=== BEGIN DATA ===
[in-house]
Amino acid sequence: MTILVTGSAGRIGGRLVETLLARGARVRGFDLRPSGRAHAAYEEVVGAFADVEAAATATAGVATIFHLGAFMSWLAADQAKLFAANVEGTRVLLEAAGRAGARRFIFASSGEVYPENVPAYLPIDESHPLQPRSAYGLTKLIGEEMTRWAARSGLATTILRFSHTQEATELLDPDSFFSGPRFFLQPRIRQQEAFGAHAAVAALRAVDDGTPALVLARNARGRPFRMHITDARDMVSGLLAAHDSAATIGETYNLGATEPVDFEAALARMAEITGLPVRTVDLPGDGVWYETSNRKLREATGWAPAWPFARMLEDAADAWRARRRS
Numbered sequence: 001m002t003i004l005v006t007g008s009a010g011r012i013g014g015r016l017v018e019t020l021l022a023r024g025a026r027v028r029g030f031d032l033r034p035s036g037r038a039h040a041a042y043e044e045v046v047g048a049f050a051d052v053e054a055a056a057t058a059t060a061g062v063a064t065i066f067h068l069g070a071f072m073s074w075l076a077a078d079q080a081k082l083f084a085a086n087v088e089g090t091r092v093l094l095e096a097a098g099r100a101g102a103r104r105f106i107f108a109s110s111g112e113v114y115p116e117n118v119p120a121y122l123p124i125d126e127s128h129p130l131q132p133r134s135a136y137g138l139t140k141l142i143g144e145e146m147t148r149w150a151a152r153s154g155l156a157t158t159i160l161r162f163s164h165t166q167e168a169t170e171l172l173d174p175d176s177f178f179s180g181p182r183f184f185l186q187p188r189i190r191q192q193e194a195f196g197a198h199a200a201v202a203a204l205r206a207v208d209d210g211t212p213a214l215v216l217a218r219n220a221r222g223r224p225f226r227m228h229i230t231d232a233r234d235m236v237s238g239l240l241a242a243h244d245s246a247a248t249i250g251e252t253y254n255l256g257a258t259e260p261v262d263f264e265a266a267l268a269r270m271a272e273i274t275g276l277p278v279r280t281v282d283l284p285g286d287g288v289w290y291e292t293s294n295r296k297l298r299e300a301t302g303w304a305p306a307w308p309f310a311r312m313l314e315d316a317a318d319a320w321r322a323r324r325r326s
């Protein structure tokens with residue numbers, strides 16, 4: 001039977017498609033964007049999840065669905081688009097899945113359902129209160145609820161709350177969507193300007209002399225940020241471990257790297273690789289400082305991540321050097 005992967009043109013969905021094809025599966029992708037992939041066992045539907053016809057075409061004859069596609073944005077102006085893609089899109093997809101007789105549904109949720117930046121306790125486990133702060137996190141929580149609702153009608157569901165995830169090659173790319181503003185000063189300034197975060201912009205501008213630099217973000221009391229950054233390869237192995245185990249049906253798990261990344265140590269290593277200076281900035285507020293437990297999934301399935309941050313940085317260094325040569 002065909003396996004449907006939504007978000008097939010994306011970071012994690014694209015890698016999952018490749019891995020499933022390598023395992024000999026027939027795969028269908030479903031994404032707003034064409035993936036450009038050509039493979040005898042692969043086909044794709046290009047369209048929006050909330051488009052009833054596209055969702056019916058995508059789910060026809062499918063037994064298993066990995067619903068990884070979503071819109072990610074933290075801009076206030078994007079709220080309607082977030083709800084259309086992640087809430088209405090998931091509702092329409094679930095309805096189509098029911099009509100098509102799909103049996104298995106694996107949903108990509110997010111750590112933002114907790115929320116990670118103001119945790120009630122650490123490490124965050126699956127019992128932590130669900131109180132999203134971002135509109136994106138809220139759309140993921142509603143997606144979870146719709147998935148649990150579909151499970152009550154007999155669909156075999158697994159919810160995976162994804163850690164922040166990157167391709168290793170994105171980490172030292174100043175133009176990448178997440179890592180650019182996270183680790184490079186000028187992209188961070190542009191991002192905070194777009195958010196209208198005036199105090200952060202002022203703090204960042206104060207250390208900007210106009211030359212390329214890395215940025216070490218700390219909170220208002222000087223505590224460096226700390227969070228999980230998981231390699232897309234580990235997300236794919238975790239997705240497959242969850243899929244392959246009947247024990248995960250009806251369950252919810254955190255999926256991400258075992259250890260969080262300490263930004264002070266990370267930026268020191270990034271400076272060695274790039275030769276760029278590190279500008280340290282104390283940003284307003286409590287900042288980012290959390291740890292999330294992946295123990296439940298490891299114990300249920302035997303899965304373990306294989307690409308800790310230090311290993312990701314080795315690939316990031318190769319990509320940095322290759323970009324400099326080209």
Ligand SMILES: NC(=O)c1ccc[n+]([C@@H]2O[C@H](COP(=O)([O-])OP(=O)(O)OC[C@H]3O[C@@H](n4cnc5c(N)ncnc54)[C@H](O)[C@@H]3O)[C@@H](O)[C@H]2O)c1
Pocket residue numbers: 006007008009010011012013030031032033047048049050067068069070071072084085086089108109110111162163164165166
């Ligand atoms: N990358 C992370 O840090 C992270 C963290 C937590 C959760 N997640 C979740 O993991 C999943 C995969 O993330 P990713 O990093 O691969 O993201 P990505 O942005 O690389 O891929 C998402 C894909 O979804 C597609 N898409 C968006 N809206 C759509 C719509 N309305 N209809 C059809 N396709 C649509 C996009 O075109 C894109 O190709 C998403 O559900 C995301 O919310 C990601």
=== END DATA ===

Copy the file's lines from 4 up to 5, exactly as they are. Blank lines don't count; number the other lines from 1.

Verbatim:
């Protein structure tokens with residue numbers, strides 16, 4: 001039977017498609033964007049999840065669905081688009097899945113359902129209160145609820161709350177969507193300007209002399225940020241471990257790297273690789289400082305991540321050097 005992967009043109013969905021094809025599966029992708037992939041066992045539907053016809057075409061004859069596609073944005077102006085893609089899109093997809101007789105549904109949720117930046121306790125486990133702060137996190141929580149609702153009608157569901165995830169090659173790319181503003185000063189300034197975060201912009205501008213630099217973000221009391229950054233390869237192995245185990249049906253798990261990344265140590269290593277200076281900035285507020293437990297999934301399935309941050313940085317260094325040569 002065909003396996004449907006939504007978000008097939010994306011970071012994690014694209015890698016999952018490749019891995020499933022390598023395992024000999026027939027795969028269908030479903031994404032707003034064409035993936036450009038050509039493979040005898042692969043086909044794709046290009047369209048929006050909330051488009052009833054596209055969702056019916058995508059789910060026809062499918063037994064298993066990995067619903068990884070979503071819109072990610074933290075801009076206030078994007079709220080309607082977030083709800084259309086992640087809430088209405090998931091509702092329409094679930095309805096189509098029911099009509100098509102799909103049996104298995106694996107949903108990509110997010111750590112933002114907790115929320116990670118103001119945790120009630122650490123490490124965050126699956127019992128932590130669900131109180132999203134971002135509109136994106138809220139759309140993921142509603143997606144979870146719709147998935148649990150579909151499970152009550154007999155669909156075999158697994159919810160995976162994804163850690164922040166990157167391709168290793170994105171980490172030292174100043175133009176990448178997440179890592180650019182996270183680790184490079186000028187992209188961070190542009191991002192905070194777009195958010196209208198005036199105090200952060202002022203703090204960042206104060207250390208900007210106009211030359212390329214890395215940025216070490218700390219909170220208002222000087223505590224460096226700390227969070228999980230998981231390699232897309234580990235997300236794919238975790239997705240497959242969850243899929244392959246009947247024990248995960250009806251369950252919810254955190255999926256991400258075992259250890260969080262300490263930004264002070266990370267930026268020191270990034271400076272060695274790039275030769276760029278590190279500008280340290282104390283940003284307003286409590287900042288980012290959390291740890292999330294992946295123990296439940298490891299114990300249920302035997303899965304373990306294989307690409308800790310230090311290993312990701314080795315690939316990031318190769319990509320940095322290759323970009324400099326080209």
Ligand SMILES: NC(=O)c1ccc[n+]([C@@H]2O[C@H](COP(=O)([O-])OP(=O)(O)OC[C@H]3O[C@@H](n4cnc5c(N)ncnc54)[C@H](O)[C@@H]3O)[C@@H](O)[C@H]2O)c1